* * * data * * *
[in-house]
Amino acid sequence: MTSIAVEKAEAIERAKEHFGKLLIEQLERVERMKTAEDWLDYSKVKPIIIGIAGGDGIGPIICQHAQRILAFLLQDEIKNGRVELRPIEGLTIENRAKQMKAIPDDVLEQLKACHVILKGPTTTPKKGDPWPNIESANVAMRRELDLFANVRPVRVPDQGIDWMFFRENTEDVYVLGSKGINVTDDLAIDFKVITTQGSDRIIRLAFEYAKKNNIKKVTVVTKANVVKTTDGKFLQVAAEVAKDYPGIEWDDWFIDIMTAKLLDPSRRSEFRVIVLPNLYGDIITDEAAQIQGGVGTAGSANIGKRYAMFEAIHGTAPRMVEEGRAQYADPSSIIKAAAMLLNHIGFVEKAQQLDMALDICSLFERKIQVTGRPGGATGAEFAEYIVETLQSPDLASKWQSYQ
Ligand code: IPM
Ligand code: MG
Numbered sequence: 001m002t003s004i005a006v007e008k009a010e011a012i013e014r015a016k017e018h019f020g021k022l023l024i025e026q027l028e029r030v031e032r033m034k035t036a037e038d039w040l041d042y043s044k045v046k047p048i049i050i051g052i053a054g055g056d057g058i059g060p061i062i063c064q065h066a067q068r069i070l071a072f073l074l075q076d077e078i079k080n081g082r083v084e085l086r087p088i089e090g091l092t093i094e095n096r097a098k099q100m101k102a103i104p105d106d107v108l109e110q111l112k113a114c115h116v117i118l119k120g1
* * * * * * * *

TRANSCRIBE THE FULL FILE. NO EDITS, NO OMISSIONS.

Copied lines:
[in-house]
Amino acid sequence: MTSIAVEKAEAIERAKEHFGKLLIEQLERVERMKTAEDWLDYSKVKPIIIGIAGGDGIGPIICQHAQRILAFLLQDEIKNGRVELRPIEGLTIENRAKQMKAIPDDVLEQLKACHVILKGPTTTPKKGDPWPNIESANVAMRRELDLFANVRPVRVPDQGIDWMFFRENTEDVYVLGSKGINVTDDLAIDFKVITTQGSDRIIRLAFEYAKKNNIKKVTVVTKANVVKTTDGKFLQVAAEVAKDYPGIEWDDWFIDIMTAKLLDPSRRSEFRVIVLPNLYGDIITDEAAQIQGGVGTAGSANIGKRYAMFEAIHGTAPRMVEEGRAQYADPSSIIKAAAMLLNHIGFVEKAQQLDMALDICSLFERKIQVTGRPGGATGAEFAEYIVETLQSPDLASKWQSYQ
Ligand code: IPM
Ligand code: MG
Numbered sequence: 001m002t003s004i005a006v007e008k009a010e011a012i013e014r015a016k017e018h019f020g021k022l023l024i025e026q027l028e029r030v031e032r033m034k035t036a037e038d039w040l041d042y043s044k045v046k047p048i049i050i051g052i053a054g055g056d057g058i059g060p061i062i063c064q065h066a067q068r069i070l071a072f073l074l075q076d077e078i079k080n081g082r083v084e085l086r087p088i089e090g091l092t093i094e095n096r097a098k099q100m101k102a103i104p105d106d107v108l109e110q111l112k113a114c115h116v117i118l119k120g1